Author(s): Lock JS, Carraway RP, Hudson HC Jr, Laws HL
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Abstract Blunt trauma to renal arteries often receives suboptimal management because of delayed diagnosis, incomplete preoperative evaluation, associated injuries, or unknown functional capacity of the contralateral kidney. We propose a rational treatment plan from an analysis of our three cases and a review of 118 cases. Two thirds of the patients were male, and left-sided injuries predominated over right 42.9\% to 30.6\%. In 20 cases the insult was bilateral. Associated injuries occurred in 72\%, averaging 1.6 injuries per case, of which one half were intra-abdominal. Flank and/or abdominal pain was present in 73\% of cases, tenderness in 65\%, and gross or microscopic hematuria in 74\%. Repairs were attempted on 38 renal arteries. "Successful" repairs were accomplished in 16 arteries, while repairs failed in 22. Subsequent hypertension developed in 32\% of successes. Repair should be attempted in stable patients with unilateral injury of less than four hours' duration, bilateral injuries of less than 20 hours' duration, or injuries with nonocclusion on arteriogram.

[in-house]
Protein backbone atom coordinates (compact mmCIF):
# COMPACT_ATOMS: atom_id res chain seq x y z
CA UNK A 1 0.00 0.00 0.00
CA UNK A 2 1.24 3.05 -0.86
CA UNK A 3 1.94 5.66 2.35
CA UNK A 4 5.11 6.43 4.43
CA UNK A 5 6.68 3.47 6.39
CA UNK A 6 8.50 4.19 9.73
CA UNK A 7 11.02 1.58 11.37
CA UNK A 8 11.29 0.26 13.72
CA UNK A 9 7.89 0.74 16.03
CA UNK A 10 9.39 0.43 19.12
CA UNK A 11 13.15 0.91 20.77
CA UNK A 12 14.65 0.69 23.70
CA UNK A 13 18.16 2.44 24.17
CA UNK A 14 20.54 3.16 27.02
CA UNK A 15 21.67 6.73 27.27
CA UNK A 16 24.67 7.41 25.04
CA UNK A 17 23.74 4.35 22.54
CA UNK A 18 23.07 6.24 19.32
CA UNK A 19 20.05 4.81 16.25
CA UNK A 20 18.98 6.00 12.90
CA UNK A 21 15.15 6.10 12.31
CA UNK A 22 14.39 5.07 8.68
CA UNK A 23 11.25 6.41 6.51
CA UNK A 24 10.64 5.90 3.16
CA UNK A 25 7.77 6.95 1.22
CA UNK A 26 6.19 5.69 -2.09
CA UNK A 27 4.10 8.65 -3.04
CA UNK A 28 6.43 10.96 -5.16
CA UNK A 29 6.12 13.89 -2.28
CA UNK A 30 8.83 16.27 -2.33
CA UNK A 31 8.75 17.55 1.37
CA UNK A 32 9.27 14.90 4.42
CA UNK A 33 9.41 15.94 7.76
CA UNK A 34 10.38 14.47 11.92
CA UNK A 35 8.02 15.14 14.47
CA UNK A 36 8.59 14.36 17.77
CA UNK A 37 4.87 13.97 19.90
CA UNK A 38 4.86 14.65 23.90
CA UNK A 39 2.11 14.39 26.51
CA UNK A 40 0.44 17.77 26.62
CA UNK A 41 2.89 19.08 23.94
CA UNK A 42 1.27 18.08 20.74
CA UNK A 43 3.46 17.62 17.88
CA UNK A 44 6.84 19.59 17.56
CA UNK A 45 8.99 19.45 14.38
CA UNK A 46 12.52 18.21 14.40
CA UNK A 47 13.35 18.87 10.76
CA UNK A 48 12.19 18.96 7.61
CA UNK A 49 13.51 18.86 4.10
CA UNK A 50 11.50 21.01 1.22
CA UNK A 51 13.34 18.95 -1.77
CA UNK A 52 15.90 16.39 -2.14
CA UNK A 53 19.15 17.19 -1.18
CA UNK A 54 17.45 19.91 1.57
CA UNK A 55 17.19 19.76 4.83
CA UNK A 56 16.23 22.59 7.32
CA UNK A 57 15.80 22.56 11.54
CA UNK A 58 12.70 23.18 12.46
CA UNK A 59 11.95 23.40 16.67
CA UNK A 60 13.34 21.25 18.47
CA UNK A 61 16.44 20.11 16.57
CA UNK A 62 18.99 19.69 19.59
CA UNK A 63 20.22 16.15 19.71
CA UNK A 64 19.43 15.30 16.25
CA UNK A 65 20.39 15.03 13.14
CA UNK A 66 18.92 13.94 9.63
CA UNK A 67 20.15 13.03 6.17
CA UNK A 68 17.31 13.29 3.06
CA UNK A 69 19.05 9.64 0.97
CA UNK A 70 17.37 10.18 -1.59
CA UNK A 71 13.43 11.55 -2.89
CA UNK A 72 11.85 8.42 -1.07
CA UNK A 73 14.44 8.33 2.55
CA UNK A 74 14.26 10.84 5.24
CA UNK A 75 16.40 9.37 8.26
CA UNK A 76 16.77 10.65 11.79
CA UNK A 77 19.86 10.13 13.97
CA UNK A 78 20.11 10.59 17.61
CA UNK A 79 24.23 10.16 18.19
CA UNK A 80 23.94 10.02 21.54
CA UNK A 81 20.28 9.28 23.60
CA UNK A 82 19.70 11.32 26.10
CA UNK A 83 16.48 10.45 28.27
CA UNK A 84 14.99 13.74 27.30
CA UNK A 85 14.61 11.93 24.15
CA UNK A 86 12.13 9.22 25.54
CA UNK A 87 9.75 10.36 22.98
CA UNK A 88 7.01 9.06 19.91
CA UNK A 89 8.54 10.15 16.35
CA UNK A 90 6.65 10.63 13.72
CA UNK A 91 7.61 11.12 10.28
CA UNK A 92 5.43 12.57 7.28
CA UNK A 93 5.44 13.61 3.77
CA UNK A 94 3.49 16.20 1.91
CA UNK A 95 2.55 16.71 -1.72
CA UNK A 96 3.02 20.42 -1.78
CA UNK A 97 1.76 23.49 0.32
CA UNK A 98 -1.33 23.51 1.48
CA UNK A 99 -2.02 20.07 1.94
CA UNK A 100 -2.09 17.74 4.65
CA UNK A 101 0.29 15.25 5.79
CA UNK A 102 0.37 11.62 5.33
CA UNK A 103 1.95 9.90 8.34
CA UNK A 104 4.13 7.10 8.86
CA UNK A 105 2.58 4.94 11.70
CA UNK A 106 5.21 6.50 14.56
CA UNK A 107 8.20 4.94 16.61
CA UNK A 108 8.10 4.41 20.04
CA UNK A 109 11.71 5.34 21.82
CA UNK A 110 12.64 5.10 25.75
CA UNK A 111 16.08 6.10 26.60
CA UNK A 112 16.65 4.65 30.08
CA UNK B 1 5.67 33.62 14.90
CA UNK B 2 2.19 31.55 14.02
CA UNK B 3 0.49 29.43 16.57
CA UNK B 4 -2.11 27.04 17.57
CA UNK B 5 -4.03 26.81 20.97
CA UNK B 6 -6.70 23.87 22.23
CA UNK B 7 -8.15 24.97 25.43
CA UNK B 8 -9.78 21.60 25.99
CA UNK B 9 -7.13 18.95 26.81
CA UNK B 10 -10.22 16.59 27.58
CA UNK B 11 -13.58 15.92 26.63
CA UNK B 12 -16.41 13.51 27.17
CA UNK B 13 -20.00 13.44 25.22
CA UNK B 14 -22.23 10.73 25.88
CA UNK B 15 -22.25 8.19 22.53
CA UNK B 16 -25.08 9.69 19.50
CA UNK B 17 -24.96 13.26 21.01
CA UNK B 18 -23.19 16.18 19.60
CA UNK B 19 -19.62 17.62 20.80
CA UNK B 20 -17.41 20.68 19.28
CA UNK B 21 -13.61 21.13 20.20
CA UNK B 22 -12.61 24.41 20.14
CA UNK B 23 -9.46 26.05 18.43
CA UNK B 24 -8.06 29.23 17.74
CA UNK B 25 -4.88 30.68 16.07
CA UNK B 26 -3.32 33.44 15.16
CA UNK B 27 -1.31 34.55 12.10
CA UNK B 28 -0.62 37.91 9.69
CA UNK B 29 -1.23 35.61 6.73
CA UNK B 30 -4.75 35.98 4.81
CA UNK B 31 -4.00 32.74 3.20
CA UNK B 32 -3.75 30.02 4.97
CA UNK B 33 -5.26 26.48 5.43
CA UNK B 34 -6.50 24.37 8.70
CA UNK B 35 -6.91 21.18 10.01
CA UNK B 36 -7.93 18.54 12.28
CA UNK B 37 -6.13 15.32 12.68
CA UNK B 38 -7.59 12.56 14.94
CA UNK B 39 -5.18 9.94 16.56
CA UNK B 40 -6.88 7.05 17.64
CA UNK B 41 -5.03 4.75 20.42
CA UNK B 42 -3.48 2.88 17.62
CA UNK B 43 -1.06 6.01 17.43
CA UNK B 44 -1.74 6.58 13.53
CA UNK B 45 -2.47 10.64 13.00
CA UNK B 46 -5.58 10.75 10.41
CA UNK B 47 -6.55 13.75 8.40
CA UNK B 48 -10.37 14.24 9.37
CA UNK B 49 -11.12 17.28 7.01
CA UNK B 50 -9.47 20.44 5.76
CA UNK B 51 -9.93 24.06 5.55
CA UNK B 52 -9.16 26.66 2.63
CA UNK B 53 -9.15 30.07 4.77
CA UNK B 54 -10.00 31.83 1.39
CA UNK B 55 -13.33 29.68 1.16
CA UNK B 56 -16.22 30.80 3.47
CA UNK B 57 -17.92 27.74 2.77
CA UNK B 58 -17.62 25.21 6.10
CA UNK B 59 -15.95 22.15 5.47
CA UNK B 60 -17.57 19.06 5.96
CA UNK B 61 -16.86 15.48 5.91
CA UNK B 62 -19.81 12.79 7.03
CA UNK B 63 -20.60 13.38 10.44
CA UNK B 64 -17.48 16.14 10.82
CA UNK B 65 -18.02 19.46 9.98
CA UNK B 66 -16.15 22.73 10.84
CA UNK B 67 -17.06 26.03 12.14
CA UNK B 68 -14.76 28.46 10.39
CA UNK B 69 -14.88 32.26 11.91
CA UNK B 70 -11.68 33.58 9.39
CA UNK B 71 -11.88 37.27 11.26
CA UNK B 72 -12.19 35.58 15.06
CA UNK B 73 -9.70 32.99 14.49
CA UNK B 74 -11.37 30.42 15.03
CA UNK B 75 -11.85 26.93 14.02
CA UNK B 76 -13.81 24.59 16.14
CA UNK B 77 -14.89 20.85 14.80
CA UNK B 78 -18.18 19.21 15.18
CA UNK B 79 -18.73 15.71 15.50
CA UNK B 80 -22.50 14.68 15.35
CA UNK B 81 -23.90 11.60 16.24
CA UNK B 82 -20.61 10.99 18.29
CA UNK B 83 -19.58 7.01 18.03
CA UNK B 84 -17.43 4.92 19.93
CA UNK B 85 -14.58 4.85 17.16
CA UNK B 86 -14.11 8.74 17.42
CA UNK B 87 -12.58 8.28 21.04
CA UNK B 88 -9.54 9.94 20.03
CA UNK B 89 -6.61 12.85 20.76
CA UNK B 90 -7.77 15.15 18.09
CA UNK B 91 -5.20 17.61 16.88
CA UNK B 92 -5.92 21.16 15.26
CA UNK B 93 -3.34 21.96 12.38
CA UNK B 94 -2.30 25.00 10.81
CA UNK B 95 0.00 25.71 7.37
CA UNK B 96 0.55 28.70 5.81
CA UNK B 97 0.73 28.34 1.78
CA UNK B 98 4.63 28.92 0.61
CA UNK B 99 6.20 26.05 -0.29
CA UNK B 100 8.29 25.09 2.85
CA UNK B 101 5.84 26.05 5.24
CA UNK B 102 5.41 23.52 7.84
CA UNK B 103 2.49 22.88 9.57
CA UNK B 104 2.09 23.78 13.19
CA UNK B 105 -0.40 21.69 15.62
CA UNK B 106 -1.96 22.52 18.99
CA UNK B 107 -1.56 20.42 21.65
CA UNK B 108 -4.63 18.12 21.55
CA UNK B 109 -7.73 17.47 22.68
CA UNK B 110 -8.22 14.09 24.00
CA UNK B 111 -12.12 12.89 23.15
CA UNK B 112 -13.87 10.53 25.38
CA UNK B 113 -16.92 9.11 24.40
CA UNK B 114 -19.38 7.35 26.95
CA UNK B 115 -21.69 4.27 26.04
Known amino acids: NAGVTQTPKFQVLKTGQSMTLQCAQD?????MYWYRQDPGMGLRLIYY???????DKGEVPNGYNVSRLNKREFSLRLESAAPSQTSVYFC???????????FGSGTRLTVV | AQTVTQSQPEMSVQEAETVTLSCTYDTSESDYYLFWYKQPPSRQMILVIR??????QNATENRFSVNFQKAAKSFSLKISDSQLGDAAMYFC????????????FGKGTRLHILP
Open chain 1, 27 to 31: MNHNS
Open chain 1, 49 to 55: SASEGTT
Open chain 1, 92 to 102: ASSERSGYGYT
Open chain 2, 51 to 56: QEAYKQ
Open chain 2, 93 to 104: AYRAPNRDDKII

This article was published in South Med J
and referenced in Journal of Antivirals & Antiretrovirals